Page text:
In 2016, 14% of people (EU28) reported not being able to make scheduled payments related to rent or mortgages, consumer credit, loans from family or friends, or utility or telephone bills. If those with difficulty making ends meet – but without any arrears – are included, 21% risk being over-indebted.
While policymakers often focus on mortgage or consumer debts with financial institutions, debt problems in low-income groups often relate to non-payment of utility or telephone bills, rent, taxes or fines, debts with friends, or healthcare costs. Policymakers interested in early intervention should not overlook this.
If over-indebtedness is not addressed in an appropriate and timely way, there are negative consequences for affected individuals and households, as well as for society as a whole. Issues arising from over-indebtedness can include mental and physical health problems, as well as unemployment and inactivity.
The issue of over-indebtedness continues to be a concern, particularly among some population groups and in Member States where recent increases can be observed. This report provides an overview of the main causes, triggers and consequences of household over-indebtedness, including the costs to society. It then examines two policy responses in the EU and Norway: debt advisory services and debt settlement procedures. While the findings show that in the wake of the global financial crisis, such services and procedures have generally become more widely available and accessible, gaps remain. The overall aim of the report is to draw the attention of national and EU-level policymakers to ways to improve policy responses to household over-indebtedness.
Over-indebtedness is an ongoing concern in Europe. For some Member States and population groups, recent increases in over-indebtedness can be observed. This report provides an overview of the main causes, triggers and consequences of household over-indebtedness. It also investigates two policy responses in the EU and Norway: debt advisory services and debt settlement procedures.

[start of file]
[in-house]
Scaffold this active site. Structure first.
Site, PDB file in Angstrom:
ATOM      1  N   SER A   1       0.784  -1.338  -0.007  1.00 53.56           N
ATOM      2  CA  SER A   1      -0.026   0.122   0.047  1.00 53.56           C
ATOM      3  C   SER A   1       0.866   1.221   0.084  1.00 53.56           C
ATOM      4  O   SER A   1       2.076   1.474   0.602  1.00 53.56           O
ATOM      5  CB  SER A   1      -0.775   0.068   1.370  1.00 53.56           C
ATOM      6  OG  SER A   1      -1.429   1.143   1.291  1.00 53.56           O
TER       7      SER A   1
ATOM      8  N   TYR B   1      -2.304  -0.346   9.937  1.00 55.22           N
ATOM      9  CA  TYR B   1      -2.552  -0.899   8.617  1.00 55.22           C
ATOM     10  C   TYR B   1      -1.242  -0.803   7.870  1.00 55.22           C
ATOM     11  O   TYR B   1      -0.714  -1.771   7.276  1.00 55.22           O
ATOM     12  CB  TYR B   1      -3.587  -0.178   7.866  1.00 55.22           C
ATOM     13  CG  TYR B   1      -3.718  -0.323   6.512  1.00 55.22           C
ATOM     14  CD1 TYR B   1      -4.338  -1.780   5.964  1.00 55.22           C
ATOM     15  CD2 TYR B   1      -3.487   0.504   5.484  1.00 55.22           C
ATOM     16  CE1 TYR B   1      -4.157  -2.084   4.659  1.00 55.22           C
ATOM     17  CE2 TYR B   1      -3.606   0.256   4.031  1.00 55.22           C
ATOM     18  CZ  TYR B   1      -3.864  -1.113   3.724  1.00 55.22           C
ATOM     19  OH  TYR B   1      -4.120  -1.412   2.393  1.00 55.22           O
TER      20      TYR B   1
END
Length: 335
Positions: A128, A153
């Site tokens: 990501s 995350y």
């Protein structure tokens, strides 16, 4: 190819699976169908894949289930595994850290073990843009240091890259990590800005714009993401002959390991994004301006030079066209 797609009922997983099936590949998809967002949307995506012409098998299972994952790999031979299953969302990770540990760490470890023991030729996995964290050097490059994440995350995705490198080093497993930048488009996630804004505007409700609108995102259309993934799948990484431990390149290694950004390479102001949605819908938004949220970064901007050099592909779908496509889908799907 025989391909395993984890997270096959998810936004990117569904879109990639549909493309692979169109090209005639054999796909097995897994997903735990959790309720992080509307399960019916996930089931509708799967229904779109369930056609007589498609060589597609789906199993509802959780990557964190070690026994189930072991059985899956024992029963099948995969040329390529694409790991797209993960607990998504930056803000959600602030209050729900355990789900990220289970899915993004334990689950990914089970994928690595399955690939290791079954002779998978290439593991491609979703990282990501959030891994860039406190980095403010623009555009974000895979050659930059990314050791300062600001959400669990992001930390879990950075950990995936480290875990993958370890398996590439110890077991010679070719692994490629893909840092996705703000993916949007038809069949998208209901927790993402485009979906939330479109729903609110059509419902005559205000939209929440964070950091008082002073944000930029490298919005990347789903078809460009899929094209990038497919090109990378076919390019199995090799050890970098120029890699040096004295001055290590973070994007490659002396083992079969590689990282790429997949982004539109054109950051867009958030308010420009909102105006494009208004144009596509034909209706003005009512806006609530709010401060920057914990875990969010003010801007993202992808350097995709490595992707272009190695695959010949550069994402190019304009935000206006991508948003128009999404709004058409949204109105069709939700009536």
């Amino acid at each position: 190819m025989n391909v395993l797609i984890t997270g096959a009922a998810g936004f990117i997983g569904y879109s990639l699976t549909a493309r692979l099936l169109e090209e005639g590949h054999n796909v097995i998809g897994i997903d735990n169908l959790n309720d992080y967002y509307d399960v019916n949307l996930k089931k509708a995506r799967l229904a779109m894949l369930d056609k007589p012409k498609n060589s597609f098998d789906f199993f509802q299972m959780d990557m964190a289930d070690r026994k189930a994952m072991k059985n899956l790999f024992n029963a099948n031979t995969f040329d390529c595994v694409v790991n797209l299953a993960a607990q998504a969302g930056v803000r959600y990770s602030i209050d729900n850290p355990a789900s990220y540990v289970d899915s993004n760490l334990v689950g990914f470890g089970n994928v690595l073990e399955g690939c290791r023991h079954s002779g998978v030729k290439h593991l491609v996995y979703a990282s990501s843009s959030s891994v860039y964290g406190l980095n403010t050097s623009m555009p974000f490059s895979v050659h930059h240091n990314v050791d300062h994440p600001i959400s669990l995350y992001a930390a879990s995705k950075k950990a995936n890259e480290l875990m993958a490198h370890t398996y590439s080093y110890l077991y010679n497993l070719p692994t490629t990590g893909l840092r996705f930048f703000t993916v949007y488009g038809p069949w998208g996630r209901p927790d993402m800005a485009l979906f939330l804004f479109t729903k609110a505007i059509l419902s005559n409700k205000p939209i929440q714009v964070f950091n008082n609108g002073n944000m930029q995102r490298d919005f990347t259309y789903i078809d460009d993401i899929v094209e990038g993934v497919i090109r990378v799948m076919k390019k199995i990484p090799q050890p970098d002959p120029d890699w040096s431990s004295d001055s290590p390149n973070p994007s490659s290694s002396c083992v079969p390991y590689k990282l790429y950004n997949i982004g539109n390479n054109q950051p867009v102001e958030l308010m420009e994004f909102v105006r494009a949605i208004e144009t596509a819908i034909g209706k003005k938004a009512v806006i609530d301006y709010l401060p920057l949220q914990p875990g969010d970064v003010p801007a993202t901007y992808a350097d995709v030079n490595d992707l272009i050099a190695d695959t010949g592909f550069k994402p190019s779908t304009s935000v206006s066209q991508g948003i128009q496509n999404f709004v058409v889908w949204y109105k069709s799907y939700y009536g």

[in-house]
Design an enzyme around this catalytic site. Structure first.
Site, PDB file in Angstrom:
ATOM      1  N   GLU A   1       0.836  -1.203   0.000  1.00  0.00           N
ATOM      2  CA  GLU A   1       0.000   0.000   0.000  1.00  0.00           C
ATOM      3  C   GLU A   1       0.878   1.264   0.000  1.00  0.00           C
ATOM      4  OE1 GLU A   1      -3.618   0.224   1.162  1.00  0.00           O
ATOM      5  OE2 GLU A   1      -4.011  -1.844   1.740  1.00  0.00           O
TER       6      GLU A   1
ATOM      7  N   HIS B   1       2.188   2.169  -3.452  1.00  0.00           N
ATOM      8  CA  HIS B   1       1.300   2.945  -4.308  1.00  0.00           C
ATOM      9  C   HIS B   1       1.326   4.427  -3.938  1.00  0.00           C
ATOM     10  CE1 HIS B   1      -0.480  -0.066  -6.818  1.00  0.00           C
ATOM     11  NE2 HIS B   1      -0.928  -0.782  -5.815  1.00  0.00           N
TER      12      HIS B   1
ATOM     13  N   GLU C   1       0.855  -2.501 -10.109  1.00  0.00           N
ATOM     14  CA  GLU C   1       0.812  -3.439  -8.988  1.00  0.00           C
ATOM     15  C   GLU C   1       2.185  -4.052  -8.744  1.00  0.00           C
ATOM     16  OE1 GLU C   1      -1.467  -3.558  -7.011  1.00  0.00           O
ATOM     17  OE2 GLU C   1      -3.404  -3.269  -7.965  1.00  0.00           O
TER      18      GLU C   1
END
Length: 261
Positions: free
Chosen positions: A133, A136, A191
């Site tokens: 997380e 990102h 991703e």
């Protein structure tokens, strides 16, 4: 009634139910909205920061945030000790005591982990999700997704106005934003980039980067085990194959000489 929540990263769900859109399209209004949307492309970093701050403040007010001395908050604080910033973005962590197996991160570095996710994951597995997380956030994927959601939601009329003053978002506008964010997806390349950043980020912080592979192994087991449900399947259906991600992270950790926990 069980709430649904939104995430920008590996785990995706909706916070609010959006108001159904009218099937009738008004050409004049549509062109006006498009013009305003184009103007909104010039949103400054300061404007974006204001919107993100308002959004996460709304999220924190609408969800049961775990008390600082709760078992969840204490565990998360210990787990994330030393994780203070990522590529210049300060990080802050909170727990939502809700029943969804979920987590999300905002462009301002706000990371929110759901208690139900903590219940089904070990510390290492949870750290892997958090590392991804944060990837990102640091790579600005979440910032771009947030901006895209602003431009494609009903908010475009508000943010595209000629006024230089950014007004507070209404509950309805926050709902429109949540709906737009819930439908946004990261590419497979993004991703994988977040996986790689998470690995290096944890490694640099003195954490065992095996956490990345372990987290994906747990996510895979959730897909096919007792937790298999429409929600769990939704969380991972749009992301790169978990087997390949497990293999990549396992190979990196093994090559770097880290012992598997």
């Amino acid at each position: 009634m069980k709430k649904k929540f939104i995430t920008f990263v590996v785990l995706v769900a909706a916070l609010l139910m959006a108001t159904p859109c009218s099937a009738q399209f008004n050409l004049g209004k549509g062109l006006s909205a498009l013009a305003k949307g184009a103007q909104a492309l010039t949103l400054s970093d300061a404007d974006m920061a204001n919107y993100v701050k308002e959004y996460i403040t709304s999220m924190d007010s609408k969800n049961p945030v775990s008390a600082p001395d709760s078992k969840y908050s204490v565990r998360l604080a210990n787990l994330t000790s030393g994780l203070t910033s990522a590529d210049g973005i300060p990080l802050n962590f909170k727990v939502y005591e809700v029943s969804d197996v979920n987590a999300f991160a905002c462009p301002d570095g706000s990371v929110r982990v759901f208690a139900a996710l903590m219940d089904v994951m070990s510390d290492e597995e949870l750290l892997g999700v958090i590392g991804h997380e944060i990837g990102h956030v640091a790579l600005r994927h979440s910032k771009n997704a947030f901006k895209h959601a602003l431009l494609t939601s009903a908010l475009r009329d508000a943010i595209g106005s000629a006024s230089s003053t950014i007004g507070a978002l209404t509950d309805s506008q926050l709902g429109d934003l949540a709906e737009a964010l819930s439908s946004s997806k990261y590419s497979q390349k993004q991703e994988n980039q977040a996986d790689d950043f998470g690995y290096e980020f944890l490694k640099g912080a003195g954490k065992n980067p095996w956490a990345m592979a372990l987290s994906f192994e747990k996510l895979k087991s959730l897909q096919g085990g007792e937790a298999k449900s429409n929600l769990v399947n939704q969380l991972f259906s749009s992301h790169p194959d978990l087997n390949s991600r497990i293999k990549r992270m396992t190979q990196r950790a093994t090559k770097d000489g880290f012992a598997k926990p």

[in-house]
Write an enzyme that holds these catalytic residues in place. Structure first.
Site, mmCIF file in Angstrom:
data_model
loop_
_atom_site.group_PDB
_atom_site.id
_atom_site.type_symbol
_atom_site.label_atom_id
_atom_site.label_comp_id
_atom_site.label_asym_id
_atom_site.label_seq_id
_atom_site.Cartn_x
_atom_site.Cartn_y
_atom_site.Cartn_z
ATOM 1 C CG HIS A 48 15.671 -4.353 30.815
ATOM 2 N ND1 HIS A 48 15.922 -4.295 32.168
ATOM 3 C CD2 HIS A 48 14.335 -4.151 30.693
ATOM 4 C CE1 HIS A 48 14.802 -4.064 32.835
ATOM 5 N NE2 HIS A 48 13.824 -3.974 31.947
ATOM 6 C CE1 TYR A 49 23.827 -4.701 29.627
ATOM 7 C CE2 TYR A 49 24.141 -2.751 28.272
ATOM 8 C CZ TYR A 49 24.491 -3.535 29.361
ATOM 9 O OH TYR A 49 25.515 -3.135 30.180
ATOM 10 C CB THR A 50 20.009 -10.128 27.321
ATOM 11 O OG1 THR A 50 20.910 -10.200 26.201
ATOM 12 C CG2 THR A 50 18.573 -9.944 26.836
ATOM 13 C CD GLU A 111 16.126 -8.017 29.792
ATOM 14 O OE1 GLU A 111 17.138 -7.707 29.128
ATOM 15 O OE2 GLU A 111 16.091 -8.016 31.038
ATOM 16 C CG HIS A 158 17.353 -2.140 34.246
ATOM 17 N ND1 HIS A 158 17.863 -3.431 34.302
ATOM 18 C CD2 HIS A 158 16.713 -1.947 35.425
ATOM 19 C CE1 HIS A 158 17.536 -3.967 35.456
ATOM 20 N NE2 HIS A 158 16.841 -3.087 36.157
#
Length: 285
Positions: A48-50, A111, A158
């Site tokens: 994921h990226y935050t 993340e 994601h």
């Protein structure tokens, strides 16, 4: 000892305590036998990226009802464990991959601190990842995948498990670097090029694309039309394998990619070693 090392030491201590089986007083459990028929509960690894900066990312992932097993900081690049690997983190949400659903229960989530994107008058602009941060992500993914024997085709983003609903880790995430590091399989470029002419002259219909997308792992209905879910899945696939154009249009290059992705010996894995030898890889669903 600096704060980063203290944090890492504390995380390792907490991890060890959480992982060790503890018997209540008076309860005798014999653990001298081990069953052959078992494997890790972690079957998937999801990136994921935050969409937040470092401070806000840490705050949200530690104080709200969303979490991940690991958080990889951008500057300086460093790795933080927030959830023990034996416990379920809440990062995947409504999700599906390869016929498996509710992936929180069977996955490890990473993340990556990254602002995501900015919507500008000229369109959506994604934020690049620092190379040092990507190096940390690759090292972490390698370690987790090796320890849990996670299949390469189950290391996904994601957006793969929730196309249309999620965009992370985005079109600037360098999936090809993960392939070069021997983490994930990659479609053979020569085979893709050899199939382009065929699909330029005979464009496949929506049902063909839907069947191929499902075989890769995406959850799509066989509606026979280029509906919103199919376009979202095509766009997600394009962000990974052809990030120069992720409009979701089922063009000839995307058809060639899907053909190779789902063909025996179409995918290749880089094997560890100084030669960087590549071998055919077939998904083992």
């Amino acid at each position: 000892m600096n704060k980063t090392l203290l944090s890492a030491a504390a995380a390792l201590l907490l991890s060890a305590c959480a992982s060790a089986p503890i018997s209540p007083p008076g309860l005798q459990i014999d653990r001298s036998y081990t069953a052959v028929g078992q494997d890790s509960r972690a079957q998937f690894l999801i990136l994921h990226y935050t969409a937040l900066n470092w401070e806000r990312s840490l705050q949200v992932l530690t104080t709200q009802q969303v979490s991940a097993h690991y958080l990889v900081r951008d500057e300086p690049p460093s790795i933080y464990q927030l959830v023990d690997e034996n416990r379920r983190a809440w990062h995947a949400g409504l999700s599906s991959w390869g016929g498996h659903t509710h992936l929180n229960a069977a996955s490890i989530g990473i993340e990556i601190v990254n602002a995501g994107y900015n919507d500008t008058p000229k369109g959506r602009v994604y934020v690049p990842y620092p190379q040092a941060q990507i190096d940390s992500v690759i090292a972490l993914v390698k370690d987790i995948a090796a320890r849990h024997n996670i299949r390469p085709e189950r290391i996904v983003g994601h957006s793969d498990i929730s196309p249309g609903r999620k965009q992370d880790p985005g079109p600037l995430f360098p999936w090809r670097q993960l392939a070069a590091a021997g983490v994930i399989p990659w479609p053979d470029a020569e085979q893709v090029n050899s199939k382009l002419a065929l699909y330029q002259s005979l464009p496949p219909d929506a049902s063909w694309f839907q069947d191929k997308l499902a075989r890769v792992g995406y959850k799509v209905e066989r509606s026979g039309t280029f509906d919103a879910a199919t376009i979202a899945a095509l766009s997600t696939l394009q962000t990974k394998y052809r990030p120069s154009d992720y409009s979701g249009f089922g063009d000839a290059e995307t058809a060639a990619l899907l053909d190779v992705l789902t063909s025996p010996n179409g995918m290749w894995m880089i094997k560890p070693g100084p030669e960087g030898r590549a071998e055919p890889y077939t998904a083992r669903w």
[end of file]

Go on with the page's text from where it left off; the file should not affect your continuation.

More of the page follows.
Table 1: Debt advisory services in the EU28 and Norway, 2019 Table 2: Illustrations of user numbers of debt advisory services, 2008–2018 Table 3: Debt settlement procedures for over-indebted people, EU28 and Norway, 2019 Table 4: Debt settlement procedure usage data, 2005–2018
Figure 1: Proportion of people aged 18+ at risk of over-indebtedness: arrears* or difficulties making ends meet, 2016, by Member State and EU28 (%) Figure 2: Proportion of people with arrears, by income quartile and type of arrears, 2016, EU28 (%) Figure 3: Proportion of people with arrears, by age group and type of arrears, 2016, EU28 (%) Figure 4: People with arrears, reporting great difficulties making ends meet and the WHO-5, by age group, 2016 Figure 4a: Proportion of people with any arrears, reporting great difficulties making ends meet by age group, 2016, EU28 (%) Figure 4b: WHO-5 score by age group of people with any arrears, 2016, EU28 (max. 100) Figure 5: Proportion of households with arrears in mortgage or rent, utility bills and hire purchase instalments, 2010–2017, EU28 (%) Figure 6: Availability of debt advice in the EU28, 2019
Research carried out prior to the UK’s withdrawal from the European Union on 31 January 2020, and published subsequently, may include data relating to the 28 EU Member States. Following this date, research only takes into account the 27 EU Member States (EU28 minus the UK), unless specified otherwise.
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